N. K. Jemisin's The Fifth Season is the first of a fantasy trilogy that takes place in a seismically active mega-continent. The third volume The Stone Sky came out last fall, which is how I heard of it. In this world, there are people who are attuned to this seismic activity and are able to manipulate it, both with conscious intent, but also as a side effect of their emotional state. With training their control can improve and can be used by others. These people are called orogenes.
Then there are normal humans, also called stills, who are mostly indistinguishable from orogenes. (There are also stoneeaters, though who exactly they are and what their intentions are remains a bit mysterious in the first volume.)
The orogenes are feared and dreaded by the rest of society; they're either enslaved for their power, or neutered if that power can't be controlled. A few manage to escape to the margins of society, but not many and not necessarily for long. The orogenes are derogatorily called roggas (sounds like...) and I assume the experiences of N. K. Jemisin, the black woman author, inform the role of orogenes in this world's society.
The novel is told in three interlocking time streams which tie together quite successfully in the end. I didn't anticipate the connection and I'm going to avoid saying too much to spoil the surprise. The fifth season is death, a world cataclysm, and in one of the threads, it's started and people are fleeing; in another two mature orogenes are doing what they can until the fifth season is full in swing; the third is the story of a young orogene as she discovers her powers and is taken away to have them trained and/or controlled.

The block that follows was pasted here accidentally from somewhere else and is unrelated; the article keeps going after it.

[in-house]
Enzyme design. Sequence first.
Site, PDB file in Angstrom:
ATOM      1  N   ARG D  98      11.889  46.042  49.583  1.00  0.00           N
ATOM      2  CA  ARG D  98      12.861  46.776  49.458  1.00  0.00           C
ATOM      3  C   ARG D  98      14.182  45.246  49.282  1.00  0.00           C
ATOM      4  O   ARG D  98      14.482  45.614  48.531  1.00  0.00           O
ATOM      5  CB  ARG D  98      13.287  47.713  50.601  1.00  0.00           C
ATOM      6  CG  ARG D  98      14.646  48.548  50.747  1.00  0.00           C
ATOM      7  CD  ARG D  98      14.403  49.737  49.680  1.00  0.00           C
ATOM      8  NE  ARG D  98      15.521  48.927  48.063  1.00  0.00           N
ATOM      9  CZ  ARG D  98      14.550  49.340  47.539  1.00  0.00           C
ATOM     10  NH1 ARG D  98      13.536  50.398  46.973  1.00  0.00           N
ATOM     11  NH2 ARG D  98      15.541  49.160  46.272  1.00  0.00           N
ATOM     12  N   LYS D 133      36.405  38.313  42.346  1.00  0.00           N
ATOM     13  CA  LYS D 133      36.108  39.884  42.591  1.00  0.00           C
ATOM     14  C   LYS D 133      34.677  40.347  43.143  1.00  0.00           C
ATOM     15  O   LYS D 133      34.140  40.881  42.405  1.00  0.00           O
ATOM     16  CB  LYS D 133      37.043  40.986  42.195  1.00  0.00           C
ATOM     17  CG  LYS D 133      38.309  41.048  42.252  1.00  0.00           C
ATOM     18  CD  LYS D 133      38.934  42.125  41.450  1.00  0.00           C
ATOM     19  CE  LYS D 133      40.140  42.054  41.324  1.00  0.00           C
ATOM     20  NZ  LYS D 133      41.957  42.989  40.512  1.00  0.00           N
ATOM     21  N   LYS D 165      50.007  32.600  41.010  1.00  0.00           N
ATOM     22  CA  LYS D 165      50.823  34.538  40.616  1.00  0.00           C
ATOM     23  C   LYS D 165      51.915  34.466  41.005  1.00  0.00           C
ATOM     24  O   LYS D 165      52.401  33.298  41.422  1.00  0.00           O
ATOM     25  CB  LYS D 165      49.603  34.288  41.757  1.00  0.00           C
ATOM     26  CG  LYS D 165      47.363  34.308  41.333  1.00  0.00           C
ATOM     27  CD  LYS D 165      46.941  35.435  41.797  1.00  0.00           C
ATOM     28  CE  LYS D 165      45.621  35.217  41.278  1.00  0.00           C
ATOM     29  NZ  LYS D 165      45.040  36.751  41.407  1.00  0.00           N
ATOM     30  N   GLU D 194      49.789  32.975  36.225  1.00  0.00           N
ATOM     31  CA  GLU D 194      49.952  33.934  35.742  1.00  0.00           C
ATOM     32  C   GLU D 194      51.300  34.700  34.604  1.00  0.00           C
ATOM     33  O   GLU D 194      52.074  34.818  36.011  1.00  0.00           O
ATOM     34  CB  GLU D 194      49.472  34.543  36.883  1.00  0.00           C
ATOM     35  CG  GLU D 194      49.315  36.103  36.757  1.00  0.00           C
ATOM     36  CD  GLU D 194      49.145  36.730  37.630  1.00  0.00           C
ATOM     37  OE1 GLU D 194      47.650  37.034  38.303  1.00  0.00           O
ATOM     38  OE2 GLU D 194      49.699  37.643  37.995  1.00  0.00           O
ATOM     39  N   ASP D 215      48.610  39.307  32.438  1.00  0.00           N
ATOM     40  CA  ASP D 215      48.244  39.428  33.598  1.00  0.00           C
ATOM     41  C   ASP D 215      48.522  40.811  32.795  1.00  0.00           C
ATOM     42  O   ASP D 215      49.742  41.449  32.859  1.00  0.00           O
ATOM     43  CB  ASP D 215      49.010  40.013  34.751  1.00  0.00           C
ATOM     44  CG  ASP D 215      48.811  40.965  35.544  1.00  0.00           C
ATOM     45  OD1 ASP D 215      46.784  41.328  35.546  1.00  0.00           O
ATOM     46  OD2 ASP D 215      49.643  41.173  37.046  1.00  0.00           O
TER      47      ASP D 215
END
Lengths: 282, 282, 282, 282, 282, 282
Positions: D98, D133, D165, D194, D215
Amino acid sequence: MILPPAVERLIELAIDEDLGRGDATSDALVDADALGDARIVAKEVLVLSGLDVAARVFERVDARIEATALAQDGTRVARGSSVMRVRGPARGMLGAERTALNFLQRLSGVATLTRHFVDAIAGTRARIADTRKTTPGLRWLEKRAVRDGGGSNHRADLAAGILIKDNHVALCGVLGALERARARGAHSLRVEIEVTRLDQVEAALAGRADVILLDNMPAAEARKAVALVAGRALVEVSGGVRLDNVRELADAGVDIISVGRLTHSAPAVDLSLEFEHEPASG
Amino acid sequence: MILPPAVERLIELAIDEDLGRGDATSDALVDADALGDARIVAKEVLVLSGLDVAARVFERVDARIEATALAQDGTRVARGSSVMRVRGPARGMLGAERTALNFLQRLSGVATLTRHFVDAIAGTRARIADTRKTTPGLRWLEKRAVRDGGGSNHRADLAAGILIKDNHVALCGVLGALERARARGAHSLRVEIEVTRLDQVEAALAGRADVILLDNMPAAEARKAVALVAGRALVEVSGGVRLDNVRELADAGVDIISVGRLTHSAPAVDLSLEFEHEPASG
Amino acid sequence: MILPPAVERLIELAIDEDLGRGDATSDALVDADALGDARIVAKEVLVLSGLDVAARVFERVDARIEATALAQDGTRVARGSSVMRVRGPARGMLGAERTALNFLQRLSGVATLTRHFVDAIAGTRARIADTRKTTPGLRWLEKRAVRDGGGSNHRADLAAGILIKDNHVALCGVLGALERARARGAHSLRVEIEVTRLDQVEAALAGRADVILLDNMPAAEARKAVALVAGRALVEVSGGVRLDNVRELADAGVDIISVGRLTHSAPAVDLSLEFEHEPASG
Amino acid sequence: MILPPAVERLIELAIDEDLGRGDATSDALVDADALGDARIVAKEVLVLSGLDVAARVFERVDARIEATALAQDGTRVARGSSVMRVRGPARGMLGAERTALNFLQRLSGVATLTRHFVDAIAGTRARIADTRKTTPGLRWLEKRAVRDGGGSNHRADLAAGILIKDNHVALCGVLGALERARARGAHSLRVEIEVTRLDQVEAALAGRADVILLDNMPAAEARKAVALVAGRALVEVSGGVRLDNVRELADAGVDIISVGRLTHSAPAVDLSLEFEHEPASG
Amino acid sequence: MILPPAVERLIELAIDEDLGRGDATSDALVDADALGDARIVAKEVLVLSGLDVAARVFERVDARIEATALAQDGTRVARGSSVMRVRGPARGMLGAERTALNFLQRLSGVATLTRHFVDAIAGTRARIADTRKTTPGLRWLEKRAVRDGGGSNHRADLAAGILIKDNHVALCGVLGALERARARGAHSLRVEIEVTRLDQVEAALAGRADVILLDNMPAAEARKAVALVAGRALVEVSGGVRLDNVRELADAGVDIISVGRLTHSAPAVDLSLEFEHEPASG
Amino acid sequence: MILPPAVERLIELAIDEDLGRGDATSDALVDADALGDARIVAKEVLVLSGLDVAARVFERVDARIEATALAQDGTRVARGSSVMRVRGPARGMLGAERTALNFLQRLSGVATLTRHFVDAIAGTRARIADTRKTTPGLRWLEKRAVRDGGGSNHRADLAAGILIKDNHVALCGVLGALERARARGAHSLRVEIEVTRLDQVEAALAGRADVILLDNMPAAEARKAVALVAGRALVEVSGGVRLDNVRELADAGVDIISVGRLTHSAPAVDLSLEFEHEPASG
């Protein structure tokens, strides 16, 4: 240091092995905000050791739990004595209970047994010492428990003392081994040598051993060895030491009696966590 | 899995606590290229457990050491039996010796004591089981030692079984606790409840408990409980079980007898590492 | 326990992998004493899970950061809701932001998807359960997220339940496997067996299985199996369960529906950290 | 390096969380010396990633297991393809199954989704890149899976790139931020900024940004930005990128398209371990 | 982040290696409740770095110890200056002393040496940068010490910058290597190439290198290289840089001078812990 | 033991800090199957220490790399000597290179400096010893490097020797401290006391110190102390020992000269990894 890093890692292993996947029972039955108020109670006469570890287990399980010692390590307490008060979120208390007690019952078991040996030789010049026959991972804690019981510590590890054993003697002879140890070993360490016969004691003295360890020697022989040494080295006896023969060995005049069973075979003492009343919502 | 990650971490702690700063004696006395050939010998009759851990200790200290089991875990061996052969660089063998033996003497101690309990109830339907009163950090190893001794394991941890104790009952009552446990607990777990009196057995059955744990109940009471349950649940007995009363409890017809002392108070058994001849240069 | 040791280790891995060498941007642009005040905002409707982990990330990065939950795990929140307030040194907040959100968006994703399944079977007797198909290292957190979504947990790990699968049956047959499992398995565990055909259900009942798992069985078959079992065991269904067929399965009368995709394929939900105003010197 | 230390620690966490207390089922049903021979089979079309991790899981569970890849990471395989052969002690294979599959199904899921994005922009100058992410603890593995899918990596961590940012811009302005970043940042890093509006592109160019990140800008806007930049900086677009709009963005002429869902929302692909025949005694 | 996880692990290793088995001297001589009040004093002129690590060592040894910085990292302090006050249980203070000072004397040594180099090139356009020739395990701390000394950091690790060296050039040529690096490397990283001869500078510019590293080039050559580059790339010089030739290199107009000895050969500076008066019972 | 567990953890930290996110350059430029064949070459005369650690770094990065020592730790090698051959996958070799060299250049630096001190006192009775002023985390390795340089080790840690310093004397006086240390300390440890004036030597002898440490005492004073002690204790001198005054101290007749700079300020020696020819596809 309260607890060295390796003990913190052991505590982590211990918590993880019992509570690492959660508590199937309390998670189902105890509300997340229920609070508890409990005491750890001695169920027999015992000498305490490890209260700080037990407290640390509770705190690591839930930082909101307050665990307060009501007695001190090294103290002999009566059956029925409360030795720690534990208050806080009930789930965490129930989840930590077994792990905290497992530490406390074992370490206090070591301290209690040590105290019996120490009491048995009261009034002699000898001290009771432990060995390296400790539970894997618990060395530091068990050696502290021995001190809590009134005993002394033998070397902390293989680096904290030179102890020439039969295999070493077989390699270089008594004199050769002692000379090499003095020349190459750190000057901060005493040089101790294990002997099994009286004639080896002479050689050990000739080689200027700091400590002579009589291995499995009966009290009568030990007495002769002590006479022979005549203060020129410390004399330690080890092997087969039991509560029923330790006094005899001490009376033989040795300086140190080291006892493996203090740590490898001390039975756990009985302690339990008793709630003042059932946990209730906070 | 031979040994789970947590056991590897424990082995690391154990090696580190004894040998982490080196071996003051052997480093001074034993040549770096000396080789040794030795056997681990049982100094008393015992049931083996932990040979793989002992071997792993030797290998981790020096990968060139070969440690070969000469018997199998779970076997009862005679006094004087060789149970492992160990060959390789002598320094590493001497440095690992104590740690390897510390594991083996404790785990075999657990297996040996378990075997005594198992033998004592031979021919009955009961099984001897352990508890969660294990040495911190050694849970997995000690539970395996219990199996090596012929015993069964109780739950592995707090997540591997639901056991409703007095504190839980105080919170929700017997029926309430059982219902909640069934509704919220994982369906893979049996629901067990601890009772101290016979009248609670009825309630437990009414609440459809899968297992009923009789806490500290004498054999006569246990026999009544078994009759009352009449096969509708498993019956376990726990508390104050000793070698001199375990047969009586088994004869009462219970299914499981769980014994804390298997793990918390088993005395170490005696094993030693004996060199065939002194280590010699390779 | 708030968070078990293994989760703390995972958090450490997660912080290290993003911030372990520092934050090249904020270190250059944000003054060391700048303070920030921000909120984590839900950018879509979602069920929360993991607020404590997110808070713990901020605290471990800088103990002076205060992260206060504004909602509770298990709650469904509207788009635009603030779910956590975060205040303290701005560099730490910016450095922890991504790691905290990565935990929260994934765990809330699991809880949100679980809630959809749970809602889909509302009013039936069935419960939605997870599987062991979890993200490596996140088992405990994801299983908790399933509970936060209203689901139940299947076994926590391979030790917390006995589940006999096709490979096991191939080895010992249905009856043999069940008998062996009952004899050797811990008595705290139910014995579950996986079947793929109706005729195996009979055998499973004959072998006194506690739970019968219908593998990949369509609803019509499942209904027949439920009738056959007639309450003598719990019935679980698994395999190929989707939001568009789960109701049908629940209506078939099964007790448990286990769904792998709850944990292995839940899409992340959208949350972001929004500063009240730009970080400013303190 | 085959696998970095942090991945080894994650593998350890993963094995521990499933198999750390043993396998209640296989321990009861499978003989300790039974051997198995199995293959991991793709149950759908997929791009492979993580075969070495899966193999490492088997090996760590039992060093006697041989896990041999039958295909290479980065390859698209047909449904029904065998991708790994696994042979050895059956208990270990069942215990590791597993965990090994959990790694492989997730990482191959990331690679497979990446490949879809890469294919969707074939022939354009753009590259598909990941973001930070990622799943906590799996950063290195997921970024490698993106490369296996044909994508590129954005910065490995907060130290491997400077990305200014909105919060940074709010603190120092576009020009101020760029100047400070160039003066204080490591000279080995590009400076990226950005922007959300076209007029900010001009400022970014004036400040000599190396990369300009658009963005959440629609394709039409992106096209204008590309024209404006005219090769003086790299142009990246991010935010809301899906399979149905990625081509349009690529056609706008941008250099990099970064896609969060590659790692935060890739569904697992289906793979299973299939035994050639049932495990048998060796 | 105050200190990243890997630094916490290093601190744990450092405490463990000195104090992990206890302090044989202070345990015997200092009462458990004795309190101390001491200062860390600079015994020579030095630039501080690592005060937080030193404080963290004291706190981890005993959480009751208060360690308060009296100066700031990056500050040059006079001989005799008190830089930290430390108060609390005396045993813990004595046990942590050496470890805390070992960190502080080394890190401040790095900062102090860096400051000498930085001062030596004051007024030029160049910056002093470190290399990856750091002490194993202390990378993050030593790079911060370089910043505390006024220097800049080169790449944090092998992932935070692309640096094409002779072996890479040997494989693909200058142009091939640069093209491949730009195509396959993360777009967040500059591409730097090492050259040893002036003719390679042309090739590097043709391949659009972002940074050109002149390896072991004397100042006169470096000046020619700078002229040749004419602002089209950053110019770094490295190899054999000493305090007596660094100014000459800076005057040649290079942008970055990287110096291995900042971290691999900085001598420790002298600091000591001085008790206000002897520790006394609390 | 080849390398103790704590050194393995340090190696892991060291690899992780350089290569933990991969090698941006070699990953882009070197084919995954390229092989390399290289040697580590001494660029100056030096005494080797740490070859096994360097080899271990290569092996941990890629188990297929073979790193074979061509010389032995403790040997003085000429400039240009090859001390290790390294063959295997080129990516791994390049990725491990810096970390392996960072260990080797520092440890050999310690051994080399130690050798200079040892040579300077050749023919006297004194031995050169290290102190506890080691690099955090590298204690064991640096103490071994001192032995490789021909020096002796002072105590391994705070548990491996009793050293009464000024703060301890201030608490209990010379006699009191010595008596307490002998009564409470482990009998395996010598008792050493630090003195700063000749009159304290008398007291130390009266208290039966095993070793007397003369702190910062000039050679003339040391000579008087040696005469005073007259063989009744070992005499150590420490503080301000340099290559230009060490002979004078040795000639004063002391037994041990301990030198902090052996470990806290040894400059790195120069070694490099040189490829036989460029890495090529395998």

I thought it was very good and I immediately put the second and third volumes on my library hold list, but I'm a little late to the game so I'm going to have to wait. I thought it was very powerful. In some ways it compares to a common trope in fantasy novels, a young person, probably from the provinces, discovers that she has magical talents. Those talents are powerful and can be an object of dread to family and society. Think Wizards of Earthsea or, one I just read fairly recently, Mercedes Lackey's Arrows trilogy. In that young Talia escapes a provincial fundamentalist society to use her power. Demaya is the corresponding character in The Fifth Season and Jemisin is much more brutal and much more convincing about the complex psychology such a person would feel. She's also much stronger on the relationship between society and the individual.